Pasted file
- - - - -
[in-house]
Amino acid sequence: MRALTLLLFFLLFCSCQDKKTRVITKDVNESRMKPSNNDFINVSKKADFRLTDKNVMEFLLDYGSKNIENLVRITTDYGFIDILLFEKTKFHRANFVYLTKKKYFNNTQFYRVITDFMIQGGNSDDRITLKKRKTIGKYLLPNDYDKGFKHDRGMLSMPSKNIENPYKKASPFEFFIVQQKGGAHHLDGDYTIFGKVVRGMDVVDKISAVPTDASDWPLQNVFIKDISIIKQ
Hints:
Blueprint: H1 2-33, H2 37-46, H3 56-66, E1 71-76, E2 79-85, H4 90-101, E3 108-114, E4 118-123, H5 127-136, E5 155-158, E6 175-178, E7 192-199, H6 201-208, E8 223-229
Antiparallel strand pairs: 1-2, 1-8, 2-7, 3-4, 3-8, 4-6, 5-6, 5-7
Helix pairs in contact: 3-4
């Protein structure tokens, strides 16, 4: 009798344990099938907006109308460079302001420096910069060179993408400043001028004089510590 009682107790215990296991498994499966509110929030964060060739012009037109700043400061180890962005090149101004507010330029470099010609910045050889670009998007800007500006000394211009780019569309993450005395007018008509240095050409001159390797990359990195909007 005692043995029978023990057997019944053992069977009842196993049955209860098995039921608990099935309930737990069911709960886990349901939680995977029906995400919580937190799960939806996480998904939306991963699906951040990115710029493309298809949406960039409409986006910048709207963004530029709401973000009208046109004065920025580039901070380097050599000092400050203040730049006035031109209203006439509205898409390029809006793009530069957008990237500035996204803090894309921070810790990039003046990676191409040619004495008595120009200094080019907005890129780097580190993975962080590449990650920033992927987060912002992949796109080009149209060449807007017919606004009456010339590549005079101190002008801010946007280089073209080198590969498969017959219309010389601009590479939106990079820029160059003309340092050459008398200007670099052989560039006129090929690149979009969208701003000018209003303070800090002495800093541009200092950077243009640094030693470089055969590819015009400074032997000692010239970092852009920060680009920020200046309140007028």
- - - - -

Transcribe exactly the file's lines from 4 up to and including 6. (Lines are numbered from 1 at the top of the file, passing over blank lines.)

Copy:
Blueprint: H1 2-33, H2 37-46, H3 56-66, E1 71-76, E2 79-85, H4 90-101, E3 108-114, E4 118-123, H5 127-136, E5 155-158, E6 175-178, E7 192-199, H6 201-208, E8 223-229
Antiparallel strand pairs: 1-2, 1-8, 2-7, 3-4, 3-8, 4-6, 5-6, 5-7
Helix pairs in contact: 3-4